And what do we get if we apply this formula to calculate the yield on 10-year US treasuries? Explained Brick: “If the 10-year yield today is around 2.2 percent [it was so, on the day the interview was conducted], what would you say the US nominal growth is? Around 2 percent. What do you think inflation is? Around 1 percent. What do you think the risk premium is in the market place? Clearly it’s risen a little, so maybe it is 30 basis points.” (100 basis points make 1 percent).
This gives us a 3.3 percent yield on 10-year US treasuries. “And when the 10-year treasury is trading at a yield of 2.2 percent, what do you do as a trader? You sell that freakin’ thing. And that’s the risk,” said Brick.
When lots of bonds are sold at the same time, the price of the bond falls and thus the yield, or the return, goes up. And that is precisely what has been happening with 10-year US treasuries, with the yield shooting up by nearly 60 basis points from 1.63 percent in early May to nearly 2.2 percent on June 18, 2013. After Bernanke’s press conference on June 19, the yield shot up dramatically. On June 24, it stood at nearly 2.6 percent.
The 10-year US treasury is extremely important,” said Brick. This is because it sets the benchmark for interest rates on all other kinds of loans in the United States, from interest rates charged by banks on home loans and home equity loans to interest at which carry trade investors can borrow money. More important for the rupee’s health, when the 10-year US treasury yield goes up, carry trades become less attractive. “The days of quantitative easing-sponsored carry trading are about to be pared, perhaps significantly. Remember, as volume rises, the cost of carry rises and so, too, does market illiquidity,” said Brick.
This is why investors have been selling a lot of the assets they have invested in and repatriating the money back to the United States. The Indian debt market has been hit by this selling and foreign institutional investors (FIIs) have pulled out nearly $5 billion since late May. In fact, stock markets all over the world also fell in the aftermath of Bernanke announcing that he will go slow with his money printing operations in the days to come.
The Federal Reserve has been printing $85 billion every month. It uses $40 billion to buy mortgage-backed securities, and $45 billion to buy long-term American government bonds. By doing so, it has been pumping money into the financial system and keeping interest rates low in order to spur growth.
But the growth did not come. Said Brick: “The truth is that central banks are running up their monetary bases but they are not necessarily getting any bang for the buck in terms of the turnover of the cash that they are creating into the system.”
Bernanke did not say he was going to withdraw all kinds of quantitative easing, or even that he would start withdrawing the easy money. That would require him to sell all the bonds he bought. The market though is getting ready for that to happen. “The market is already trading this. Forward pricing in the markets is already adjusting for this,” said Brick.
Low interest rates in the US after the 2008 Lehman crisis led Asians to borrow a lot in cheap dollars. “All across Asia, non-financial corporations, and even households to a small extent, have been taking out huge amounts of dollar funding,” said Brick. And this may cause some major problems in the days to come. “Right now we are seeing an unwinding of the dollar carry trade but at some point the dollar is going to turn and then the servicing cost of that debt is going to be all the more tricky. Every crisis that I have ever read through, and I am an old man, has always been born on the back of rising rate cycles that move higher with the dollar in tow. This makes the financing cost of debt in emerging markets more expensive. That’s across the board. That’s probably true here in India as well,” he added.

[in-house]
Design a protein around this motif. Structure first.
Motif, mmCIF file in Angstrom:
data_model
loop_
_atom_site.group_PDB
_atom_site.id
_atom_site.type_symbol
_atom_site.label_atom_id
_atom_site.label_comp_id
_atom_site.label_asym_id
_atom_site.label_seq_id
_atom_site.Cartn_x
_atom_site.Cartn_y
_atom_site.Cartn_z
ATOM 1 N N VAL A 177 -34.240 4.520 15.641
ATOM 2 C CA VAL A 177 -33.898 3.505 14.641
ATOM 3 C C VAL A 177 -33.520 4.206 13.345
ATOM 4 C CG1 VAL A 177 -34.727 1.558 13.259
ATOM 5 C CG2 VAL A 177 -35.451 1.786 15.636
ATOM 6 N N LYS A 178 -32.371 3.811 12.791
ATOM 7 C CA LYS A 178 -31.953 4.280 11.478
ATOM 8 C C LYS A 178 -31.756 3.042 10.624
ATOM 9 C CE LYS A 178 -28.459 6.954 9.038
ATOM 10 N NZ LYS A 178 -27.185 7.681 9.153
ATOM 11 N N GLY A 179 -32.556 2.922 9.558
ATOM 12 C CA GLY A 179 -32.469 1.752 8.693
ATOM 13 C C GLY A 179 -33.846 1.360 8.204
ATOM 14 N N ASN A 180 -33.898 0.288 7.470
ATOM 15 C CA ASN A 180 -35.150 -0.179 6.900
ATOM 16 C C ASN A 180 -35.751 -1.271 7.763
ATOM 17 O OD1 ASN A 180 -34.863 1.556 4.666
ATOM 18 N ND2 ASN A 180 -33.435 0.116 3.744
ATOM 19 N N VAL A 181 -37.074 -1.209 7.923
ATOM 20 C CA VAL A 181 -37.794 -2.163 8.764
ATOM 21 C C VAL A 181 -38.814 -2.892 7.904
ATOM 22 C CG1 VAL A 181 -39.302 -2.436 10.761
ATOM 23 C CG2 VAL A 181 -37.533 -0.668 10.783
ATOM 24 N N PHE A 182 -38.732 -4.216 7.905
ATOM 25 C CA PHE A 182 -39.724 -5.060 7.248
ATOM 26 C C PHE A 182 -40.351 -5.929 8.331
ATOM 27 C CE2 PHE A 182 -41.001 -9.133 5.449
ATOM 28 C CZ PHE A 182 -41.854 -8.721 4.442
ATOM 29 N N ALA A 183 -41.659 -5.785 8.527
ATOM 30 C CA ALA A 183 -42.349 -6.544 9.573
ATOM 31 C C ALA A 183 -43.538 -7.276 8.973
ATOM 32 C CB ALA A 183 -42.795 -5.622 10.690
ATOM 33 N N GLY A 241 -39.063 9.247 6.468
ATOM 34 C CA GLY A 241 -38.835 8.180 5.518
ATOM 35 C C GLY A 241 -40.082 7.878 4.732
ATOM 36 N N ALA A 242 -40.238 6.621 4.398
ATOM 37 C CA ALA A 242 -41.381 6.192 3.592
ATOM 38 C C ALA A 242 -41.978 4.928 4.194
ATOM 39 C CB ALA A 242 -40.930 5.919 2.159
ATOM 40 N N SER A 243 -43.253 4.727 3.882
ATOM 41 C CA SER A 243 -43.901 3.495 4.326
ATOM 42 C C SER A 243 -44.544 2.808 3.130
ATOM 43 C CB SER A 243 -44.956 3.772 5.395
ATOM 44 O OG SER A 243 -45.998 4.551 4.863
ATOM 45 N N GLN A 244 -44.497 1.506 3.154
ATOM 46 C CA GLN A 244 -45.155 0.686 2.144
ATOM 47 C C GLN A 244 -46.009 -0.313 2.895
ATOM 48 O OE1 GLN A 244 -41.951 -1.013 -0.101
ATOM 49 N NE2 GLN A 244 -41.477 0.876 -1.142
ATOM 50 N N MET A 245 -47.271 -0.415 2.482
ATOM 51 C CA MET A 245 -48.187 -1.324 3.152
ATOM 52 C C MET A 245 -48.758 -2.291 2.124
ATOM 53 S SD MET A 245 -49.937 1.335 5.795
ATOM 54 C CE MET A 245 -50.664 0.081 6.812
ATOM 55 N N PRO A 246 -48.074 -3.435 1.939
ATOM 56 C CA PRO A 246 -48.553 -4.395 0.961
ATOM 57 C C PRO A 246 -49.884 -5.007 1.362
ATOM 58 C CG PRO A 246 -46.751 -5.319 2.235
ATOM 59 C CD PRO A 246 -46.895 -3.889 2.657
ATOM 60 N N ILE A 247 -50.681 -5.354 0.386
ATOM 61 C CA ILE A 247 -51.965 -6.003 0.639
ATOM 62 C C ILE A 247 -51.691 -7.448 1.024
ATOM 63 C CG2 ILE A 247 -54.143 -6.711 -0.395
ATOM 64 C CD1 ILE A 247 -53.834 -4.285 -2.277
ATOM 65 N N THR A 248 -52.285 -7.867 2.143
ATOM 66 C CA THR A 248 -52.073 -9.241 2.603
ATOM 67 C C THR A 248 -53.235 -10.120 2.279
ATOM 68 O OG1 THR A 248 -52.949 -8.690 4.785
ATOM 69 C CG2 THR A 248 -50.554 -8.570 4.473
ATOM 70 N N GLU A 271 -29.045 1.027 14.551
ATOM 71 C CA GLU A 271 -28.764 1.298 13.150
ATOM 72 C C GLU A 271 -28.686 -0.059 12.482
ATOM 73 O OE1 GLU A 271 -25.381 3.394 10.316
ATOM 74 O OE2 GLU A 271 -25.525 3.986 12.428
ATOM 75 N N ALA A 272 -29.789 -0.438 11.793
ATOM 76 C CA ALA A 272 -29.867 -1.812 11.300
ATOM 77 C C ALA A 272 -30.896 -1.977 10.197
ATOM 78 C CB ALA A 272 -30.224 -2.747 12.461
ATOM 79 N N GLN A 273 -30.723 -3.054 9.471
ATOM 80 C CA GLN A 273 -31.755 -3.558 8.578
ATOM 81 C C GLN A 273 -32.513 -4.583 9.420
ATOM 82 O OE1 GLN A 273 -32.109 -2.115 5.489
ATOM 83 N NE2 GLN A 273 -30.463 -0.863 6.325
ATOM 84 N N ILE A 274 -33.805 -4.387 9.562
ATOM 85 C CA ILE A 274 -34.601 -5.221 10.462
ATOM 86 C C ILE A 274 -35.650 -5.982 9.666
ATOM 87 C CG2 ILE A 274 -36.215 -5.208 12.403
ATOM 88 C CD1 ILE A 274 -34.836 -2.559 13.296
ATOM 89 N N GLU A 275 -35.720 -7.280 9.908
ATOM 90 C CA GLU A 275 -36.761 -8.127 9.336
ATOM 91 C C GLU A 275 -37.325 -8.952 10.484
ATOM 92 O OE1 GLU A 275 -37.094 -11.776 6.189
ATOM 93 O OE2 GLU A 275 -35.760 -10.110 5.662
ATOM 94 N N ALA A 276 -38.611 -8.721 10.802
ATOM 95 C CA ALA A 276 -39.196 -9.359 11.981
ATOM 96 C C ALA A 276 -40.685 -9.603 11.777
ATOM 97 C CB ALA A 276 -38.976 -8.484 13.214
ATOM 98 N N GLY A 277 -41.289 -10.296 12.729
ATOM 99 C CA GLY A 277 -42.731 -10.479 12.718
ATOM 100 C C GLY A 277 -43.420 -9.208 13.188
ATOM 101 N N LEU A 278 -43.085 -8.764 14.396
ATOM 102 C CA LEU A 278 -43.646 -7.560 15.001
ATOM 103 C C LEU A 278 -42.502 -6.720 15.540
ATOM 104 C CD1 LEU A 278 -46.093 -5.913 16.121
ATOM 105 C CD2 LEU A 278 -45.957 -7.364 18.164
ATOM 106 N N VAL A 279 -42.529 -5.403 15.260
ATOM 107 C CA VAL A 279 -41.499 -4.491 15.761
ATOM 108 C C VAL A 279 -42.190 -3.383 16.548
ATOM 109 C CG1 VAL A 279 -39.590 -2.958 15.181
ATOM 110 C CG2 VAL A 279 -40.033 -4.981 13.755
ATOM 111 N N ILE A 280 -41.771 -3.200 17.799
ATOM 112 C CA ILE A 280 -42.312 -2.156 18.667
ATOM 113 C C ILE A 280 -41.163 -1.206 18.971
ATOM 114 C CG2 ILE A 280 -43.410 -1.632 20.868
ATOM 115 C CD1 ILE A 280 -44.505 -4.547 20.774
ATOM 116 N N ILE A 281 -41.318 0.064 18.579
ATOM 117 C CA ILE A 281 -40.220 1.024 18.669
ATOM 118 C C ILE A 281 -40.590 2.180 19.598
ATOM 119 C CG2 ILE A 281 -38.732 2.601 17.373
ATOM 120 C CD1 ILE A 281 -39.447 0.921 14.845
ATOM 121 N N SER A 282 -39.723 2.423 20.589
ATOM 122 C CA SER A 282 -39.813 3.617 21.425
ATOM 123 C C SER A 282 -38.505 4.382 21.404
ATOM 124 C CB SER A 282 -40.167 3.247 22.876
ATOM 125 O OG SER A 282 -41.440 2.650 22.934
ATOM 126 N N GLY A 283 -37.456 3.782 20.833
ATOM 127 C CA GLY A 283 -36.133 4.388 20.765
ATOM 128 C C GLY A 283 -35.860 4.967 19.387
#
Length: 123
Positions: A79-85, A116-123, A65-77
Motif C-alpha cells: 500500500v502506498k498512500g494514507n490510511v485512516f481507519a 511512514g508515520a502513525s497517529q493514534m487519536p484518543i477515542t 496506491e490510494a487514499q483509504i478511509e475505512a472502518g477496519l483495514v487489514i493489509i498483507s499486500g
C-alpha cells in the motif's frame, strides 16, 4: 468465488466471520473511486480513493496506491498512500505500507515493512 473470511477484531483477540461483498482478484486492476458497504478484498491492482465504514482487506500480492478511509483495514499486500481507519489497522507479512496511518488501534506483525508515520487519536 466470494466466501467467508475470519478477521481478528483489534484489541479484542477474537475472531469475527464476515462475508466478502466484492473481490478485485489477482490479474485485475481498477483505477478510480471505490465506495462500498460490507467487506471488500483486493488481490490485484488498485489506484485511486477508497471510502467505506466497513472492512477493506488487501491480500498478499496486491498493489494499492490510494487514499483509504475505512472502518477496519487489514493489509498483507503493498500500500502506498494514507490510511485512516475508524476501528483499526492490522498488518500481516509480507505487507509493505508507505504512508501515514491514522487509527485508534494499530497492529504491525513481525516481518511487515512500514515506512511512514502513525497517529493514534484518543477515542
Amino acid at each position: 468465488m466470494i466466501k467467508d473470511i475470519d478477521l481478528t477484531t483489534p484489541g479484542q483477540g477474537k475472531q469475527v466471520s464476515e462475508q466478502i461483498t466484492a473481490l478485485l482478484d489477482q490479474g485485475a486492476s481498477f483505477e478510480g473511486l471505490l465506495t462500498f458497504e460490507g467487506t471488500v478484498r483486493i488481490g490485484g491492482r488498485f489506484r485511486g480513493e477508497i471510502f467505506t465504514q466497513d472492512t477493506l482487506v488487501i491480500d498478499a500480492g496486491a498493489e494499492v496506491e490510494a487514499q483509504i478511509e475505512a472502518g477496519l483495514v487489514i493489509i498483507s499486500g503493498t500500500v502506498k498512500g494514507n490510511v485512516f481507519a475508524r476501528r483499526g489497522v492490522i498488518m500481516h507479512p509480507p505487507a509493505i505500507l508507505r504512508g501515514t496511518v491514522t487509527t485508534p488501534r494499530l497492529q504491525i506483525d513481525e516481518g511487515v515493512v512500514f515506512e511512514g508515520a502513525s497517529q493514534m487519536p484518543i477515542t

Brick suspects that there are problems lurking in the woodwork. “Corporates are relatively sanguine with a weaker rupee. But where are the cockroaches in the system? Where has the dollar funding been taken on offshore? Have Indians thought about what it means to have a rupee possibly at 65 to a dollar? And what would that possibly mean for the financing cost of banks that have almost certainly been taking on relatively cheap quantitative easing-sponsored cash in their offshore operations to be able to finance lending?”
If the rupee gets to 65 to a dollar, our oil bill will go for a toss. And will gold have a rally in rupee terms, assuming that its price stays stable in dollar terms? “Gold is a zero interest, infinite maturity, inflation-linked bond. That’s all gold is,” Brick responded. The supposed end of quantitative easing in the United States has taken some sheen off the yellow metal. “But it’s possible that we may have another move higher. The selloff has been rather pronounced. But it’s not the core issue here. Gold is a symptom of the larger issue,” said Brick.
Brick also feels that the bond market in the United States might be getting a little ahead of itself.
He reminded us about March 2012, when the 10-year US treasury yield had moved up to 2.4 percent. “Then, Ben Bernanke showed up on the tapes 10 straight trading days, running it back down [i.e. the yield]. My guess is that something like that will occur this time. The market is way ahead of itself.”
The broader point is that if yields rise at a fast pace, they will push up interest rates on loans. This will slow down some of the economic growth that seems to be returning to the United States. And that situation may not be allowed to play out.
So where does that leave Asia? “If quantitative easing gets tapered off as a consequence of relatively strong growth, then quite frankly Asian equities probably will hold in pretty well,” explained Brick.